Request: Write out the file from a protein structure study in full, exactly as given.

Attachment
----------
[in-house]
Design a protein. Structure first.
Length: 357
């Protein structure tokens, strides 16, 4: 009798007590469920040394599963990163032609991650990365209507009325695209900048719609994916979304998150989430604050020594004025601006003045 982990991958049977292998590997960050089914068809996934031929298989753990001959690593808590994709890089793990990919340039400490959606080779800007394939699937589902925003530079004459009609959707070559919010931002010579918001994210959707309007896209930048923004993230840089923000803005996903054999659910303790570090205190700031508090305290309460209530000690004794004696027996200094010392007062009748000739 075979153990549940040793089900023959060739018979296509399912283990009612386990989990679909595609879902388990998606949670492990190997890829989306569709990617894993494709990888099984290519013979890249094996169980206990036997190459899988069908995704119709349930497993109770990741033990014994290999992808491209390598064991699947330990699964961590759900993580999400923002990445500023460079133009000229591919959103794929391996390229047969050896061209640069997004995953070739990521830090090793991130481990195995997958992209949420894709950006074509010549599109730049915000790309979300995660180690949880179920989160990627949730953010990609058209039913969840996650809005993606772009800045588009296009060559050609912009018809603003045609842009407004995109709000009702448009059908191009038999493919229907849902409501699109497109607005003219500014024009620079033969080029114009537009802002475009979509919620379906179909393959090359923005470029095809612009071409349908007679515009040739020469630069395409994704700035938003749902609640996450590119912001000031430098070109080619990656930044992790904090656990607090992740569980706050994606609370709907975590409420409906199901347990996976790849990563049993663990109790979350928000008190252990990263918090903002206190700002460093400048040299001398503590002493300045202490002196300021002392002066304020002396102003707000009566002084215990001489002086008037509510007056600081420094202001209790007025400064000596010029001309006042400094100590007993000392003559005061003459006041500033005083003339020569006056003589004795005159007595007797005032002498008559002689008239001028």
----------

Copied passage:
[in-house]
Design a protein. Structure first.
Length: 357
């Protein structure tokens, strides 16, 4: 009798007590469920040394599963990163032609991650990365209507009325695209900048719609994916979304998150989430604050020594004025601006003045 982990991958049977292998590997960050089914068809996934031929298989753990001959690593808590994709890089793990990919340039400490959606080779800007394939699937589902925003530079004459009609959707070559919010931002010579918001994210959707309007896209930048923004993230840089923000803005996903054999659910303790570090205190700031508090305290309460209530000690004794004696027996200094010392007062009748000739 075979153990549940040793089900023959060739018979296509399912283990009612386990989990679909595609879902388990998606949670492990190997890829989306569709990617894993494709990888099984290519013979890249094996169980206990036997190459899988069908995704119709349930497993109770990741033990014994290999992808491209390598064991699947330990699964961590759900993580999400923002990445500023460079133009000229591919959103794929391996390229047969050896061209640069997004995953070739990521830090090793991130481990195995997958992209949420894709950006074509010549599109730049915000790309979300995660180690949880179920989160990627949730953010990609058209039913969840996650809005993606772009800045588009296009060559050609912009018809603003045609842009407004995109709000009702448009059908191009038999493919229907849902409501699109497109607005003219500014024009620079033969080029114009537009802002475009979509919620379906179909393959090359923005470029095809612009071409349908007679515009040739020469630069395409994704700035938003749902609640996450590119912001000031430098070109080619990656930044992790904090656990607090992740569980706050994606609370709907975590409420409906199901347990996976790849990563049993663990109790979350928000008190252990990263918090903002206190700002460093400048040299001398503590002493300045202490002196300021002392002066304020002396102003707000009566002084215990001489002086008037509510007056600081420094202001209790007025400064000596010029001309006042400094100590007993000392003559005061003459006041500033005083003339020569006056003589004795005159007595007797005032002498008559002689008239001028």